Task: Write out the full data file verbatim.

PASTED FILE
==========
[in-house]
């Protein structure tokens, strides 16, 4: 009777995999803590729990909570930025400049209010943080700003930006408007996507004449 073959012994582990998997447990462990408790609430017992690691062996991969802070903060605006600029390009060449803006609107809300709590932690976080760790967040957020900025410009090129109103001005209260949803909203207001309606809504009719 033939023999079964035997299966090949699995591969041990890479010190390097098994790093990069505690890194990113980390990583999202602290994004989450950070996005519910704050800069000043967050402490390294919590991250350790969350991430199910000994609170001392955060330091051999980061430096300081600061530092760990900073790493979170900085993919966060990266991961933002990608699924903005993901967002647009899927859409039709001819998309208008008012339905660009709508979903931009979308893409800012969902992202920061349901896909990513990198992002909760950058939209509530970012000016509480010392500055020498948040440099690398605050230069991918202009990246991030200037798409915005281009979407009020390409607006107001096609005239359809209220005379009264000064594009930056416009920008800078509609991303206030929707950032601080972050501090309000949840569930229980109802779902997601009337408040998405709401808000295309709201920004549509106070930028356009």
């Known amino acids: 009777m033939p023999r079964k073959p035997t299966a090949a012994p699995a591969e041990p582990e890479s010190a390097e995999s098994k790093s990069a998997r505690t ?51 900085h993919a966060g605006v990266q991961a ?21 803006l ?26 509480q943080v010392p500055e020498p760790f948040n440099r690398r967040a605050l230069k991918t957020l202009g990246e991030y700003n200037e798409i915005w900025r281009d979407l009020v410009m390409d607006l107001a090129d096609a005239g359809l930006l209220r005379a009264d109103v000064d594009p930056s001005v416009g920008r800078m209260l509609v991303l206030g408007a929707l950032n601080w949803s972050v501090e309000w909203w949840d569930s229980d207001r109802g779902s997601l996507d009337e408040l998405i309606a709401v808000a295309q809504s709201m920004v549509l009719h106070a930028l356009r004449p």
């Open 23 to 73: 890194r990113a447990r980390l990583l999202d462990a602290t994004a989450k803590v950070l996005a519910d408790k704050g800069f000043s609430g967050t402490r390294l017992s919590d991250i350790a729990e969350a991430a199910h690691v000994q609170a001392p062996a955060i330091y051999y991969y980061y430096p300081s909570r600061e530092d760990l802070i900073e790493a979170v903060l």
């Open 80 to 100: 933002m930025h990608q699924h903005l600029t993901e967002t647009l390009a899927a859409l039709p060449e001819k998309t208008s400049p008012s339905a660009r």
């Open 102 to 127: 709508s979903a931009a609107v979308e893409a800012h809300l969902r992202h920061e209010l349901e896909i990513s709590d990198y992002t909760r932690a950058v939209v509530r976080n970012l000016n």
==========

[in-house]
């Protein structure tokens, strides 16, 4: 009777995999803590729990909570930025400049209010943080700003930006408007996507004449 073959012994582990998997447990462990408790609430017992690691062996991969802070903060605006600029390009060449803006609107809300709590932690976080760790967040957020900025410009090129109103001005209260949803909203207001309606809504009719 033939023999079964035997299966090949699995591969041990890479010190390097098994790093990069505690890194990113980390990583999202602290994004989450950070996005519910704050800069000043967050402490390294919590991250350790969350991430199910000994609170001392955060330091051999980061430096300081600061530092760990900073790493979170900085993919966060990266991961933002990608699924903005993901967002647009899927859409039709001819998309208008008012339905660009709508979903931009979308893409800012969902992202920061349901896909990513990198992002909760950058939209509530970012000016509480010392500055020498948040440099690398605050230069991918202009990246991030200037798409915005281009979407009020390409607006107001096609005239359809209220005379009264000064594009930056416009920008800078509609991303206030929707950032601080972050501090309000949840569930229980109802779902997601009337408040998405709401808000295309709201920004549509106070930028356009």
């Known amino acids: 009777m033939p023999r079964k073959p035997t299966a090949a012994p699995a591969e041990p582990e890479s010190a390097e995999s098994k790093s990069a998997r505690t ?51 900085h993919a966060g605006v990266q991961a ?21 803006l ?26 509480q943080v010392p500055e020498p760790f948040n440099r690398r967040a605050l230069k991918t957020l202009g990246e991030y700003n200037e798409i915005w900025r281009d979407l009020v410009m390409d607006l107001a090129d096609a005239g359809l930006l209220r005379a009264d109103v000064d594009p930056s001005v416009g920008r800078m209260l509609v991303l206030g408007a929707l950032n601080w949803s972050v501090e309000w909203w949840d569930s229980d207001r109802g779902s997601l996507d009337e408040l998405i309606a709401v808000a295309q809504s709201m920004v549509l009719h106070a930028l356009r004449p």
């Open 23 to 73: 890194r990113a447990r980390l990583l999202d462990a602290t994004a989450k803590v950070l996005a519910d408790k704050g800069f000043s609430g967050t402490r390294l017992s919590d991250i350790a729990e969350a991430a199910h690691v000994q609170a001392p062996a955060i330091y051999y991969y980061y430096p300081s909570r600061e530092d760990l802070i900073e790493a979170v903060l």
């Open 80 to 100: 933002m930025h990608q699924h903005l600029t993901e967002t647009l390009a899927a859409l039709p060449e001819k998309t208008s400049p008012s339905a660009r």
């Open 102 to 127: 709508s979903a931009a609107v979308e893409a800012h809300l969902r992202h920061e209010l349901e896909i990513s709590d990198y992002t909760r932690a950058v939209v509530r976080n970012l000016n």